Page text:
Another positive outcome from the night? It looks like Titus and Stassi, two of Kelly’s fosters, are going to be adopted by party attendees! LOL

Our Month in Pictures – October

You know it’s a slow month when I post pictures of myself with friends at a hookah bar. But it was such a fun experience. Have you ever been? My friend Katie is the best at making people do things outside their comfort zone. So when Katie, Jan and I had lunch at a Middle Eastern restaurant called Ranoush, we ordered things like shish tawuk, chicken shawarma, and baba ganoush. Then Katie insisted we try a hookah. I thought she was nuts, but all of a sudden the waiter was telling us the flavors and bringing the hookah to our table. We were cracking up.
“Is this even legal?”
“We’re not really doing this, are we?”
“Take a picture of us!”
By the way, it’s molasses, fruit flavoring (we picked watermelon and bubble gum) and a little tobacco. It’s actually pretty good. It’s like having dessert without the calories, since it leaves a fruity flavor in your mouth.

We ended up having the best time…eating great food, laughing, and trying something new. We even did a little shopping afterwards. Who would have thought lunch could be so fun. Thanks Katie! Crossed off “Experience a Hookah Bar” from my Bucket List.
My niece’s (Larry’s sister’s daughter) teacup micro Maltipoo, Phoebe, came over for a visit. Stella absolutely adored her and was sad when she left.

KC, who wanted to eat Phoebe at first but eventually tolerated her for the hour she was here, had surgery last week to remove the mass on her back. It was about the size of a silver dollar, but to get clean borders, they made the incision big.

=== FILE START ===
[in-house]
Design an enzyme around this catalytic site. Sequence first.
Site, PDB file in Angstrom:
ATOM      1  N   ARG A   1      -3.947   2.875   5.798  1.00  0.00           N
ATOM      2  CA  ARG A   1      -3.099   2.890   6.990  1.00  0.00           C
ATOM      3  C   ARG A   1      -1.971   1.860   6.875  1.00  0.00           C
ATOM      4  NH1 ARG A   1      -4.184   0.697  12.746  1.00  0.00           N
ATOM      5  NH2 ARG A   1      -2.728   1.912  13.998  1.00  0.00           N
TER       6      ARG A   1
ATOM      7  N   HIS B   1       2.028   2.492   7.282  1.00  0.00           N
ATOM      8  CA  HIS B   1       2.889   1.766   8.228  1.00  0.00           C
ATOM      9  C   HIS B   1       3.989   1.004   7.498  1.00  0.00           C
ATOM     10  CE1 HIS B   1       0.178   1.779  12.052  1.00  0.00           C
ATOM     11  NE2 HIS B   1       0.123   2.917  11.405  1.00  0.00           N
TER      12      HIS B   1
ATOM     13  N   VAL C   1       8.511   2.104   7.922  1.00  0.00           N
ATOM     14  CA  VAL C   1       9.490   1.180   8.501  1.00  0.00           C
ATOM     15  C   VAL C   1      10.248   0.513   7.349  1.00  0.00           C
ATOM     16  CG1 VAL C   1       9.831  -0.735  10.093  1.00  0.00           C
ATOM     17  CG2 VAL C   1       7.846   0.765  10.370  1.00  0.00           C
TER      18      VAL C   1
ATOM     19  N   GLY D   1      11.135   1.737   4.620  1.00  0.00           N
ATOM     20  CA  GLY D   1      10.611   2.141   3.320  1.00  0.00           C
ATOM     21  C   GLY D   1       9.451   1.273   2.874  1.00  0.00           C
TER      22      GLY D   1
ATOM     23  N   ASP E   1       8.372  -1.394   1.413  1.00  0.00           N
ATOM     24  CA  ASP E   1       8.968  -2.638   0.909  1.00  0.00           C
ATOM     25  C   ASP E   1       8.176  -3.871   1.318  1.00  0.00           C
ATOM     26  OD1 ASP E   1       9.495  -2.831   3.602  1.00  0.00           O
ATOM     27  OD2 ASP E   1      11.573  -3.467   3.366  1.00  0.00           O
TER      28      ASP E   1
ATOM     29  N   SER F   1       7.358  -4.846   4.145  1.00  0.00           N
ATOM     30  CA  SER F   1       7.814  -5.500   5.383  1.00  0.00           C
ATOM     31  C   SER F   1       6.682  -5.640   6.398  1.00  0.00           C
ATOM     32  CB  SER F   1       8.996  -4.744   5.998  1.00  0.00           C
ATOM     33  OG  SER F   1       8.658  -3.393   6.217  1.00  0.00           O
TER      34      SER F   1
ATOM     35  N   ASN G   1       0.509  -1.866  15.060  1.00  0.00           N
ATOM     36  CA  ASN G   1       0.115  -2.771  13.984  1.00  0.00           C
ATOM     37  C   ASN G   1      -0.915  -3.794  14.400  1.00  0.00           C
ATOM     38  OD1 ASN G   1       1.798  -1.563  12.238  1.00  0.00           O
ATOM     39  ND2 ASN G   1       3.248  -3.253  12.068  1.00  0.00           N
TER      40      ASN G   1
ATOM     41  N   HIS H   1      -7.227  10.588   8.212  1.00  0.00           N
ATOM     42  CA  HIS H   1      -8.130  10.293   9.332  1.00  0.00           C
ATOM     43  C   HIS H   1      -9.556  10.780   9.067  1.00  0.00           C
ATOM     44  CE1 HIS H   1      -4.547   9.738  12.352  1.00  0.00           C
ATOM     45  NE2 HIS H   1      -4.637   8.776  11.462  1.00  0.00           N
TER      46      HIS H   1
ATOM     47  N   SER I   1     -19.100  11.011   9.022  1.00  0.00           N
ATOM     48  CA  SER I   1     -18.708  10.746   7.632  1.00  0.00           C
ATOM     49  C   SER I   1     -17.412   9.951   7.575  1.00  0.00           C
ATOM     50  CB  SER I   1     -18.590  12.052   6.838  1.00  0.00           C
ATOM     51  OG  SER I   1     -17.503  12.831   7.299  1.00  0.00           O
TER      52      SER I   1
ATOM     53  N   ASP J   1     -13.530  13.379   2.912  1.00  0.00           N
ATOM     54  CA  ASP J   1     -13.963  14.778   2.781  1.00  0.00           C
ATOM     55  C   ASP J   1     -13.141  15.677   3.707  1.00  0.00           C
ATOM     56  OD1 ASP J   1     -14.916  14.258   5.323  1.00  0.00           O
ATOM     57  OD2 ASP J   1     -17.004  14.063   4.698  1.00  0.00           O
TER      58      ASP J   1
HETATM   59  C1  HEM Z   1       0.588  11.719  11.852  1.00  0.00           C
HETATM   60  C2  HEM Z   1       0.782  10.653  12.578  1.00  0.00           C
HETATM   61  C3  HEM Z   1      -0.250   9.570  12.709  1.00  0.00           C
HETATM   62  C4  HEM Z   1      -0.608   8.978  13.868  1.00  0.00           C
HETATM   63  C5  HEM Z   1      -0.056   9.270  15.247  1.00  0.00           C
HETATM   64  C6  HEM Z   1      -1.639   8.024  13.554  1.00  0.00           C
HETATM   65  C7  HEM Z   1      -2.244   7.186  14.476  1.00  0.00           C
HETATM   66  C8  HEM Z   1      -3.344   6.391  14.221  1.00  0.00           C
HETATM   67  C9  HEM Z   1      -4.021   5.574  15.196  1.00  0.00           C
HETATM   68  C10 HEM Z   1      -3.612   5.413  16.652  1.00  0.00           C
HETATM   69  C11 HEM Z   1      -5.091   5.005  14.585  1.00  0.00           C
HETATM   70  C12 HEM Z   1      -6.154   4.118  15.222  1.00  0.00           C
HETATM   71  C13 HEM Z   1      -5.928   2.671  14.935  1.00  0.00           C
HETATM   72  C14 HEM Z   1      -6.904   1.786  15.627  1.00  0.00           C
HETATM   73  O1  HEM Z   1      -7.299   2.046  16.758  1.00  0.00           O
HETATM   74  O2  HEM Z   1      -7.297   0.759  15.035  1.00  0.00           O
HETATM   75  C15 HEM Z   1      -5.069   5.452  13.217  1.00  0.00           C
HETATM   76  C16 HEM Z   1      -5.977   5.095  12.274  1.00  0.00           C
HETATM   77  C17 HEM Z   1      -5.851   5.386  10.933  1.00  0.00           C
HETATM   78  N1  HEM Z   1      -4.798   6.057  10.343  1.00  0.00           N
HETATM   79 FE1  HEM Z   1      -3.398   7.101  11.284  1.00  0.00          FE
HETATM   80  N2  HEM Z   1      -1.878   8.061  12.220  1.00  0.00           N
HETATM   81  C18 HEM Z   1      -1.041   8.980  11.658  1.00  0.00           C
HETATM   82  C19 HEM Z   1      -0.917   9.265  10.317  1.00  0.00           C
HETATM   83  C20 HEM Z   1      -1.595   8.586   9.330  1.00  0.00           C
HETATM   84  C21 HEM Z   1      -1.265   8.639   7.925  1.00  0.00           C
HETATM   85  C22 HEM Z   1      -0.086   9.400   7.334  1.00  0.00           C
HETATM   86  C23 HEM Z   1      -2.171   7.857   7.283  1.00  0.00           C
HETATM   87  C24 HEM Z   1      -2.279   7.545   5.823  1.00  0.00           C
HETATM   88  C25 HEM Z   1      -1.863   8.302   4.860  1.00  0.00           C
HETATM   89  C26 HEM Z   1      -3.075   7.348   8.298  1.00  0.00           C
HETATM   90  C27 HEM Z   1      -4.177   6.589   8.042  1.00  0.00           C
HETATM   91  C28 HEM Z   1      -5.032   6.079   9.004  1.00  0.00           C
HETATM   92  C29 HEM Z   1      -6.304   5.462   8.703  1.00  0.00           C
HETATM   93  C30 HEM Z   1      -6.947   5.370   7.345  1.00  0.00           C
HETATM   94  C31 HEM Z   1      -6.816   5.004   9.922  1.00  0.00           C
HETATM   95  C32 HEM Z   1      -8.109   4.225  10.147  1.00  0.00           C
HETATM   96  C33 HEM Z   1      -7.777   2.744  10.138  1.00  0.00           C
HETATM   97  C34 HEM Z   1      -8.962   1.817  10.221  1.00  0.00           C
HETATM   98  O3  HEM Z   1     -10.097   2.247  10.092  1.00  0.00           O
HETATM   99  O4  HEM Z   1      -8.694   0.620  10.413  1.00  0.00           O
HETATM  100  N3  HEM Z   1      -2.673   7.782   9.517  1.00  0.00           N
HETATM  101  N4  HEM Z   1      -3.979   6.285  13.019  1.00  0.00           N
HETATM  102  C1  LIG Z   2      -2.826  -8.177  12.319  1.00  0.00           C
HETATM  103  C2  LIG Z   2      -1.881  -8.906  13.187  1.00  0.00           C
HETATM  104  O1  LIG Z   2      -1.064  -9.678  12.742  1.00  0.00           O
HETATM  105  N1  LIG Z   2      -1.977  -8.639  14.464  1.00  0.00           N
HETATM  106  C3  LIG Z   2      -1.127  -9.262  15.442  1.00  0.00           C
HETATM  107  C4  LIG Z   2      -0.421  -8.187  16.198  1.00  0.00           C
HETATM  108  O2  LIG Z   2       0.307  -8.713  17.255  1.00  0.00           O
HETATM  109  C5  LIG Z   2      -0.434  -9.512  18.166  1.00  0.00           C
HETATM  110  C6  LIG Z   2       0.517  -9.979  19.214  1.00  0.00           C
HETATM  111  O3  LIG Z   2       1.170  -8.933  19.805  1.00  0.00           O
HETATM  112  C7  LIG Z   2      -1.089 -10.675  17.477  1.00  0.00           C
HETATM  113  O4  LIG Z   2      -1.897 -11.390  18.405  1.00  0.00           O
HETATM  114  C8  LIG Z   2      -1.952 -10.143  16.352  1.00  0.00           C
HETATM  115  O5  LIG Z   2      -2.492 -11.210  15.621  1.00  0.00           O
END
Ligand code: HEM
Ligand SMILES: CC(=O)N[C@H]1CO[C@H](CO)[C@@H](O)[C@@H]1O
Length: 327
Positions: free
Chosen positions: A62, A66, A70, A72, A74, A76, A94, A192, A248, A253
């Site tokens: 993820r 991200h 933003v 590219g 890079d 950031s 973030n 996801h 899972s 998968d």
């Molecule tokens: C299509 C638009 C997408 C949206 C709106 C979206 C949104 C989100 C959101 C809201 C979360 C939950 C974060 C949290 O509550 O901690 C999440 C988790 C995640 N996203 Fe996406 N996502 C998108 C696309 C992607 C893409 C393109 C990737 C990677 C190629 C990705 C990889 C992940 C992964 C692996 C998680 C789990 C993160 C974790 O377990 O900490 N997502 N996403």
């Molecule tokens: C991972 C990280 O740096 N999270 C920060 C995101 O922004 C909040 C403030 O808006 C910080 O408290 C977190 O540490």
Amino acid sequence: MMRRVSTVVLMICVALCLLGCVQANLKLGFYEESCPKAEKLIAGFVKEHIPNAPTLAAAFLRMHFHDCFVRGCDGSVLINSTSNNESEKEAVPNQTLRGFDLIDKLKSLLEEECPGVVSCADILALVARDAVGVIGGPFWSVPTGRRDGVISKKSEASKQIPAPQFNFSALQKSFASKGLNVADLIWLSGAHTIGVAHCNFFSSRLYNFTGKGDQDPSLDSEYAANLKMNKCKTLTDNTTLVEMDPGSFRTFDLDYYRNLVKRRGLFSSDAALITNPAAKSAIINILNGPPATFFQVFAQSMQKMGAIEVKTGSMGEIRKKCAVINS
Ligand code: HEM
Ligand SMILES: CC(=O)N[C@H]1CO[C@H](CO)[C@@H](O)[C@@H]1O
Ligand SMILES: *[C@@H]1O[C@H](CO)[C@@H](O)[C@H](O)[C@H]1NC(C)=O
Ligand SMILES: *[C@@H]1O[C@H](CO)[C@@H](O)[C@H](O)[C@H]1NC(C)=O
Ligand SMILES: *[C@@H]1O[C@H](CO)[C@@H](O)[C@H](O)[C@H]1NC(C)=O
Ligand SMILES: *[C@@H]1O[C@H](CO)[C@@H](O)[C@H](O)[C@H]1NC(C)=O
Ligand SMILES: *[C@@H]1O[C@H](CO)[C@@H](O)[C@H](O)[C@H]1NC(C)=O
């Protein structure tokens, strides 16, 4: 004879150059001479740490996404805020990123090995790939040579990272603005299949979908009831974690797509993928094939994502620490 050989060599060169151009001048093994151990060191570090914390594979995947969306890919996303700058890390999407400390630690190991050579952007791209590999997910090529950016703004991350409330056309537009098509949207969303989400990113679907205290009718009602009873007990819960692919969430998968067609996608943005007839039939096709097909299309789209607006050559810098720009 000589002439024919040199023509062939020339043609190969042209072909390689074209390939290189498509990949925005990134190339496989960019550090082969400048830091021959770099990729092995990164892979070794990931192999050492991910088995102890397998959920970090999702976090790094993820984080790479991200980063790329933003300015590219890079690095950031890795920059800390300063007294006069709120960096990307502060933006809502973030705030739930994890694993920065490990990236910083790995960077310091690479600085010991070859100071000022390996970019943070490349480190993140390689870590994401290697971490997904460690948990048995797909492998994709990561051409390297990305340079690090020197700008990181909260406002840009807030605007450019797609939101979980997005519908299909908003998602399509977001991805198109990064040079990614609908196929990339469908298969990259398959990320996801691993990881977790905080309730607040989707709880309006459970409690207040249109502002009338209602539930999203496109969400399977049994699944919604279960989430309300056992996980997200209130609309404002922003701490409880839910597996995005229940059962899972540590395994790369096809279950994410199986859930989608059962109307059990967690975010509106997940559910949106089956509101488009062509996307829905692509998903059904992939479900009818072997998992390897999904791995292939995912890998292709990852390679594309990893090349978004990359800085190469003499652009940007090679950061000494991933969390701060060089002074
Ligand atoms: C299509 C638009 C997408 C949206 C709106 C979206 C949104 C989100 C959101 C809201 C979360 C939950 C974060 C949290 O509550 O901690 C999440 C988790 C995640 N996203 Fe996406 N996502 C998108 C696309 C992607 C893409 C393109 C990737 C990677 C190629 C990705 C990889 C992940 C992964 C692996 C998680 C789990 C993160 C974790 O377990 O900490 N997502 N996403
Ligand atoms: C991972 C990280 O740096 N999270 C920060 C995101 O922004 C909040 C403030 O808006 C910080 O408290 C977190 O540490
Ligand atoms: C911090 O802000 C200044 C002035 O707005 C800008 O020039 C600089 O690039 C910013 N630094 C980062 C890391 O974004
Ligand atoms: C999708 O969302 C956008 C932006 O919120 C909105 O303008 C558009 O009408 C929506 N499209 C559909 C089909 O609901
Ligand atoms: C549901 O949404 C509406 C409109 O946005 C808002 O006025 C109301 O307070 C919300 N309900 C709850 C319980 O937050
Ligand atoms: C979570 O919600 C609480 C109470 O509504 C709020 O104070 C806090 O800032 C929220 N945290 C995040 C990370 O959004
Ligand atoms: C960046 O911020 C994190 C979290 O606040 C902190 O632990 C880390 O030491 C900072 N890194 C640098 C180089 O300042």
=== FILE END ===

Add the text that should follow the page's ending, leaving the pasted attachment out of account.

Biopsy results:  Grade 2 mast cell tumor
Translation:  On a scale of one to three – one as benign and three as malignant – KC’s tumor is a two, and it’s actually a low grade two so it’s closer to a one. This means she’s likely to get more masses, so we’ll keep a close eye on her and remove any new ones right away. If it was a grade three they would send her to an oncologist. If it was a one it would be totally benign and they wouldn’t worry at all. Her stitches come out on Wednesday, and otherwise she’s doing great.
I wanted to share this picture I took of Stray Rescue pup Nelson Hull. He is just the sweetest!  Apparently Brett Hull found him somewhere and brought him to the shelter, so they named the dog after him. Nelson Hull must have been adopted already, because I can’t find him on the website. I knew he wouldn’t be there long.

My last enrichment dog, Phycox, is still available.

He’s so sweet. I’m going to take a break in November. I can’t stand having so many of my enrichment dogs still at the shelter. Madame Butterfly, one of my dogs from last year, is still there. So are Kiddo and Phycox.

And my dog for this month is Barry White…